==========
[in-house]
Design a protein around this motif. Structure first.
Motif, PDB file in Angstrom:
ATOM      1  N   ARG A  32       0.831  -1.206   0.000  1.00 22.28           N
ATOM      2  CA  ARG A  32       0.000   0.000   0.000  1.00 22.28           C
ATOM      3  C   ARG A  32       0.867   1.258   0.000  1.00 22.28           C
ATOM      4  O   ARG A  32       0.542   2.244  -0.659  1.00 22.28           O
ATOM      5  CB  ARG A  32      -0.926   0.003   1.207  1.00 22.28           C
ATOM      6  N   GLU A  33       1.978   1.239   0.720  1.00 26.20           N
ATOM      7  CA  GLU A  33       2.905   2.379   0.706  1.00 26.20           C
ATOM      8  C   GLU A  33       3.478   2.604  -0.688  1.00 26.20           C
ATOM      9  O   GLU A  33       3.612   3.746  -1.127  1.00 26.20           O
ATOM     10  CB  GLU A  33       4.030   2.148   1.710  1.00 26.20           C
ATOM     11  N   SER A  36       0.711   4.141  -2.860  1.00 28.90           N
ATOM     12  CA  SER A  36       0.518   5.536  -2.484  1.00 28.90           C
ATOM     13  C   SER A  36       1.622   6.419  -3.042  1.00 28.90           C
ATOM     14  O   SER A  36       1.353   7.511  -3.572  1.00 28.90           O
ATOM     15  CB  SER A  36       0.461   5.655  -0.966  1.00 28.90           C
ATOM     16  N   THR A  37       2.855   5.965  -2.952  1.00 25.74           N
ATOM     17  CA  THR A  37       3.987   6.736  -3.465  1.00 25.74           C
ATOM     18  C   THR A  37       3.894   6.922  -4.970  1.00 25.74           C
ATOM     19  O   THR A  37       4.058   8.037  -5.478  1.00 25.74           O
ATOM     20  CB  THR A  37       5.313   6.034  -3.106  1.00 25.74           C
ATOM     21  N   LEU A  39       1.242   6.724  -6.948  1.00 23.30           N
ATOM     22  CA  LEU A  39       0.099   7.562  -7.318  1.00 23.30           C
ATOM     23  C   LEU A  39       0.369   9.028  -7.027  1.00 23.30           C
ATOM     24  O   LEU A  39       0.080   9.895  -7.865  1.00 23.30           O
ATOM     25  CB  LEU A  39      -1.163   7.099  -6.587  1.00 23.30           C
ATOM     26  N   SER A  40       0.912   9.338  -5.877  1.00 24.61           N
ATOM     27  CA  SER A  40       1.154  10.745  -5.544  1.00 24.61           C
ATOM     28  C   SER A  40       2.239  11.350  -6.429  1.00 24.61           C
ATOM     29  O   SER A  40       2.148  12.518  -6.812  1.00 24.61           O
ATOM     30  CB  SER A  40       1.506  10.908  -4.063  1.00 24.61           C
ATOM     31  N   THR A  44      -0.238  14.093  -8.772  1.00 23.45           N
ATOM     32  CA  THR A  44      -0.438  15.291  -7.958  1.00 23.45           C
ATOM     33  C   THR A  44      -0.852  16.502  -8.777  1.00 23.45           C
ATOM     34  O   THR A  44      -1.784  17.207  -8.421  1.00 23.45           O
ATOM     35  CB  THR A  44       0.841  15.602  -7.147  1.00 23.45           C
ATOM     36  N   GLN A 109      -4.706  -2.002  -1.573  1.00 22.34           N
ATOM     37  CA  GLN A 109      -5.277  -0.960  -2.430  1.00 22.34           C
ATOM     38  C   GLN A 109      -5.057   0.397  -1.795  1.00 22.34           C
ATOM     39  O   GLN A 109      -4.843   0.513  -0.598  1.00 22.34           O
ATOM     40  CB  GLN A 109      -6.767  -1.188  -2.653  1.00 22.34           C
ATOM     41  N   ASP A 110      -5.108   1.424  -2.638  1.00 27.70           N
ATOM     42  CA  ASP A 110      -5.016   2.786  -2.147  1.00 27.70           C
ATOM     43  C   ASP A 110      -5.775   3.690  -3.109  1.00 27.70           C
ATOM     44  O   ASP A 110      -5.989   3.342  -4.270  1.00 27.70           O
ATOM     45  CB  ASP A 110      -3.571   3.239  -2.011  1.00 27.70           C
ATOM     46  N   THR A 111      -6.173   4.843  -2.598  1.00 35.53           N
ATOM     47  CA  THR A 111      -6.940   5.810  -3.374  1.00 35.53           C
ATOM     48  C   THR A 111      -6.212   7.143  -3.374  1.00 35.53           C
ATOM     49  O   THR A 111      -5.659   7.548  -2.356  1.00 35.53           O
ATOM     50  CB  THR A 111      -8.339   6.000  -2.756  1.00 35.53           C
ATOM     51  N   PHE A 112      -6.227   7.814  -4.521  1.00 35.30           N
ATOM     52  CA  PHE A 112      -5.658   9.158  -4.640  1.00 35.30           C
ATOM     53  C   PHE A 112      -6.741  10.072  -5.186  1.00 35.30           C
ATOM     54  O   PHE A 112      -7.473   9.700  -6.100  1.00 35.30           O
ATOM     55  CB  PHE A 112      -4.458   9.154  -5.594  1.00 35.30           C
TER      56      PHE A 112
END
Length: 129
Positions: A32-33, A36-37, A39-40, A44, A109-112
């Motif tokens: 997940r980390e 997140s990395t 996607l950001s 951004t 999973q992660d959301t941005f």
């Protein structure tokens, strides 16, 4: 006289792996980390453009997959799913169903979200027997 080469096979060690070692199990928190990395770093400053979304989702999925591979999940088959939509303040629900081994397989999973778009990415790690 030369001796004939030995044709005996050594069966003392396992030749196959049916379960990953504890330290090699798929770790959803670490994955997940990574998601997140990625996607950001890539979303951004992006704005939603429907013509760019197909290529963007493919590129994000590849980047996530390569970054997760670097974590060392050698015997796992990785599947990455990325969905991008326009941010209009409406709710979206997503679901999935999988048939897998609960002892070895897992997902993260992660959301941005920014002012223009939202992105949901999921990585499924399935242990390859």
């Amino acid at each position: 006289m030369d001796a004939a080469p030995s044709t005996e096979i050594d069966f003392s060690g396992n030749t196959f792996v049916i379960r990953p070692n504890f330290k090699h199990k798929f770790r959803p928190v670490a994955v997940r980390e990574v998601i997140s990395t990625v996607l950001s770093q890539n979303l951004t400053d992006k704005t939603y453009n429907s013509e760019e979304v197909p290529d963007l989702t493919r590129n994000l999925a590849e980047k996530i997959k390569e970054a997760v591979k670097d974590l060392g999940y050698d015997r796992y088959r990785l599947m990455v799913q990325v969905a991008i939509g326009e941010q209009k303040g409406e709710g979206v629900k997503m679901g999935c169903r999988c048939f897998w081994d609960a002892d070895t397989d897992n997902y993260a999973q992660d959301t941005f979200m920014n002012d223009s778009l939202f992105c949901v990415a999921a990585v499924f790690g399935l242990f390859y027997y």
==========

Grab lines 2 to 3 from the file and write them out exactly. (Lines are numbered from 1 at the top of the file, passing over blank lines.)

Design a protein around this motif. Structure first.
Motif, PDB file in Angstrom: